Recorders: Rafael Lozano-Hemmer at the MCA

On New Year’s Even 2011, I  decided to go down to the MCA to have a quick look at the most recent exhibition there, ‘Recorders’ by Rafael Lozano-Hemmer. I was quite surprised to hear there was anything going on at the MCA given the extensive refurbishment and extension works going on at the moment by architect Sam Marshall.

I am not a massive fan of the plans for its extension, although it is a much needed improvement to what is essentially an Art Deco building designed to house the Maritime Services Board. It was originally refurbished by Andrew Andersons, from Peddle Thorpe in 1990. And this is not the first refurbishment the main building goes through. As early as the early 2000s, Sam Marshall had already been called upon to rethink the entry sequence and the circulation. It really makes you wonder how ‘durable’ Andersons design was. Moving on.

The exhibition takes place on the only floor of the building which is open to the public these days. It’s a perfect size for this small yet complete exhibition by Mexican-Canadian artist, Rafael Lozano-Hemmer. In the brochure for the exhibition, they call him an ‘electronic’ artist. I find that a somewhat outdated label. I would definitely support the view that he uses digital connectivity and sensors as enabling technologies, but I am not sure that makes him an ‘electronic’ artist. There is something distinctly retro about the use of the term electronic.

So electronic may not be my term of choice, but Lozano-Hemmer’s work is definitely worth a visit. In a nutshell, his work is predicated on the creation of feedback loops which engage and include the visitor/viewer in the work of art itself. It’s a funny scene walking through the exhibition space and watching all these visitors experimenting and trying to leave their mark on the work. Whether through sound, images, lights, text, or measuring tapes mechanised with basic servos, the viewer is looking for the trace of his/her own participation in the installation.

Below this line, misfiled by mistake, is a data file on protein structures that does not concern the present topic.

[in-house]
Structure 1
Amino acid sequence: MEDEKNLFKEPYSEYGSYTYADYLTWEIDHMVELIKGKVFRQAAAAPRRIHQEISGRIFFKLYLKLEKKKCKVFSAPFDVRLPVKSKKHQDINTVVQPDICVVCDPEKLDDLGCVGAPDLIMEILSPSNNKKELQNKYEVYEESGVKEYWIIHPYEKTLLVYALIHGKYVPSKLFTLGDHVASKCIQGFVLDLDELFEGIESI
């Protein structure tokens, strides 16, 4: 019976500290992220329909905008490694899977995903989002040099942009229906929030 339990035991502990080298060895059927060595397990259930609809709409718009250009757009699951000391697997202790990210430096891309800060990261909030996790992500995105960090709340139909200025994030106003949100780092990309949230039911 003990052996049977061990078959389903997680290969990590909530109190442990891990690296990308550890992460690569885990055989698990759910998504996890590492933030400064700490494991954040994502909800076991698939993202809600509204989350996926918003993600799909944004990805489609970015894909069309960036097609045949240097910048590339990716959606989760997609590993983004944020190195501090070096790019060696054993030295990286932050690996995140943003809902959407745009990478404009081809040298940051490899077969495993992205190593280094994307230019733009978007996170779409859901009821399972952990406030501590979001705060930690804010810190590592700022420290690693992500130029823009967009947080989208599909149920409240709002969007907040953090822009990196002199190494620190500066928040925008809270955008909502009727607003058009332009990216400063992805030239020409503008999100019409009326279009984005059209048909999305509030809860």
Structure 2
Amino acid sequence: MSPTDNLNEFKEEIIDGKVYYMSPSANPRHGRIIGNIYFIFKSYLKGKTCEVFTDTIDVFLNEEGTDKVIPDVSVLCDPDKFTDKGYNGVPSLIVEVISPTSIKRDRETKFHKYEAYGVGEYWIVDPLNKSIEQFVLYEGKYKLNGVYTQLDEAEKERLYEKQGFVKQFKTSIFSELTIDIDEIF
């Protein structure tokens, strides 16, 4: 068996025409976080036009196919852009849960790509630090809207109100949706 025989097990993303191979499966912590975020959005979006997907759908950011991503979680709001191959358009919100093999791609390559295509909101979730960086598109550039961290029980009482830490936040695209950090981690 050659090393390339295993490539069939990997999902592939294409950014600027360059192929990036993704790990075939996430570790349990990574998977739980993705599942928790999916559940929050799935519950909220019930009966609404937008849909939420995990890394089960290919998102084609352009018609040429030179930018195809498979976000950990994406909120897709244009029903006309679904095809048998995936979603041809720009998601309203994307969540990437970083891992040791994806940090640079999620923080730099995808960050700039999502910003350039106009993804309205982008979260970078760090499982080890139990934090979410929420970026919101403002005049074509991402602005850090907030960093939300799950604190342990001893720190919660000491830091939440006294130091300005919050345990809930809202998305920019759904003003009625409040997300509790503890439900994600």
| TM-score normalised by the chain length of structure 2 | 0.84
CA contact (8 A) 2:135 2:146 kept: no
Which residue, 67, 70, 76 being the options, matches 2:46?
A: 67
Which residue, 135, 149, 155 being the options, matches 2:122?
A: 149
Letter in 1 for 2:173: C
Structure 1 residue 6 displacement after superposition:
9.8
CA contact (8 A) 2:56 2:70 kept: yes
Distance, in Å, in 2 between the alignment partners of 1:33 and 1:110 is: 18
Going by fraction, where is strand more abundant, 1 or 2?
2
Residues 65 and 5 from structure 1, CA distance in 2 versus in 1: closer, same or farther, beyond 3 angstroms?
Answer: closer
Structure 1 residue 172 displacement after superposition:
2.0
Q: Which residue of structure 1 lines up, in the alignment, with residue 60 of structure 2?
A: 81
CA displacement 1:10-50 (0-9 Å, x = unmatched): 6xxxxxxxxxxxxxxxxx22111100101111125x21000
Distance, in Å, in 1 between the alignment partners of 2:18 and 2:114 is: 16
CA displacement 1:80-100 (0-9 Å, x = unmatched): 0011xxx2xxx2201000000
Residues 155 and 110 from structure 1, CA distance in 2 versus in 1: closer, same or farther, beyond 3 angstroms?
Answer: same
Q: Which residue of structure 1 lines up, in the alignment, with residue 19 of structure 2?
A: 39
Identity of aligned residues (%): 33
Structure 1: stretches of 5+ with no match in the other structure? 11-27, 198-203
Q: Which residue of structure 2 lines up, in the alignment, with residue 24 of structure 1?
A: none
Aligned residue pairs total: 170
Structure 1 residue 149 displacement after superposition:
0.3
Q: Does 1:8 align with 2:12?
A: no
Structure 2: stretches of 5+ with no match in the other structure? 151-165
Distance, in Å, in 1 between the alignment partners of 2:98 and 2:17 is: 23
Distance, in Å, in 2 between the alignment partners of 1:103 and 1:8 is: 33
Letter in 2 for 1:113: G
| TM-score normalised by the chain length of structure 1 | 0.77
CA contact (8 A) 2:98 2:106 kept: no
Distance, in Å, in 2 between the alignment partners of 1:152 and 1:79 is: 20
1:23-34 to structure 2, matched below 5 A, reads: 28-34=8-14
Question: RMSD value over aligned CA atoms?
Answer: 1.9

His claim is that he is using his work simultaneously as a call for engagement and agency as an act of policing, control and supervision. Arguably, there is a very fine line between those two concepts as projections of the self into an installation requires the collection of data, digital traces left in the engine of the art work, just like the digital traces we leave on CCTVs and other surveillance technologies on a daily basis.

It’s an interesting premise, that is for sure, and although there was only a very limited selection of works on display, I thought I would choose my three favourite to expand on here. Pardon the poor quality photos, that’s about as good as it gets on iPhone 4…

#1: Tape Recorders, 2011

The first is a piece called ‘Tape Recorders’ from 2011. The work consists in two rows of standard measuring tapes mounted on a wall and mechanised with small servos. As visitors enter the room, the tape closest to where the visitor stops inches up, as a way of visualising the amount of time that person has stayed in the room. The room is allegedly retrofitted with sensors that feed movement information to the servos and supposedly inform the speed and frequency with which these servos move… I choose my words carefully, because I remain unconvinced of the accuracy of the data. The little receipt printer on the side printed how long individual visitors had stayed, 73 minutes, 27 minutes, etc… I did not see anyone stay there longer than to see one of those tape measure inch towards the sealing and succumb to the pull of gravity, which makes me doubtful that anyone would spend that much time in there. But also, I think the connection between the visitor and the tape he/she is influencing is very tenuous. I suppose it is all you need for a work of art, but I found it quite easy to dismiss the whole thing as an interesting concept that fails in execution.